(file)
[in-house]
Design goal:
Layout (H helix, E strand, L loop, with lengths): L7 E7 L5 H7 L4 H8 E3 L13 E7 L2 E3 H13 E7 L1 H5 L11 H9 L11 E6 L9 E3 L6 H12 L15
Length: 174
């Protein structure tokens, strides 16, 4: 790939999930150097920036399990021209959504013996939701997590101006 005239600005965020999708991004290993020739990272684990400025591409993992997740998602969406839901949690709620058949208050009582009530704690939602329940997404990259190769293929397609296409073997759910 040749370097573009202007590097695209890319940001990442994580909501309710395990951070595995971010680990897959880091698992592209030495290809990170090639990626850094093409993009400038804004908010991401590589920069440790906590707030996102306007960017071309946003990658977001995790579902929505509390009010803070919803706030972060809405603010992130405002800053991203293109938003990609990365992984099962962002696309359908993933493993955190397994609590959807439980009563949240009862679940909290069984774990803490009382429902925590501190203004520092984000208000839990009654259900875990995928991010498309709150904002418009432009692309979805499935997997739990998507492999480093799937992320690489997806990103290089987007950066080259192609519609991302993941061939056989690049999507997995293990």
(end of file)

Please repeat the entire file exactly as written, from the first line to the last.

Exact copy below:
[in-house]
Design goal:
Layout (H helix, E strand, L loop, with lengths): L7 E7 L5 H7 L4 H8 E3 L13 E7 L2 E3 H13 E7 L1 H5 L11 H9 L11 E6 L9 E3 L6 H12 L15
Length: 174
């Protein structure tokens, strides 16, 4: 790939999930150097920036399990021209959504013996939701997590101006 005239600005965020999708991004290993020739990272684990400025591409993992997740998602969406839901949690709620058949208050009582009530704690939602329940997404990259190769293929397609296409073997759910 040749370097573009202007590097695209890319940001990442994580909501309710395990951070595995971010680990897959880091698992592209030495290809990170090639990626850094093409993009400038804004908010991401590589920069440790906590707030996102306007960017071309946003990658977001995790579902929505509390009010803070919803706030972060809405603010992130405002800053991203293109938003990609990365992984099962962002696309359908993933493993955190397994609590959807439980009563949240009862679940909290069984774990803490009382429902925590501190203004520092984000208000839990009654259900875990995928991010498309709150904002418009432009692309979805499935997997739990998507492999480093799937992320690489997806990103290089987007950066080259192609519609991302993941061939056989690049999507997995293990």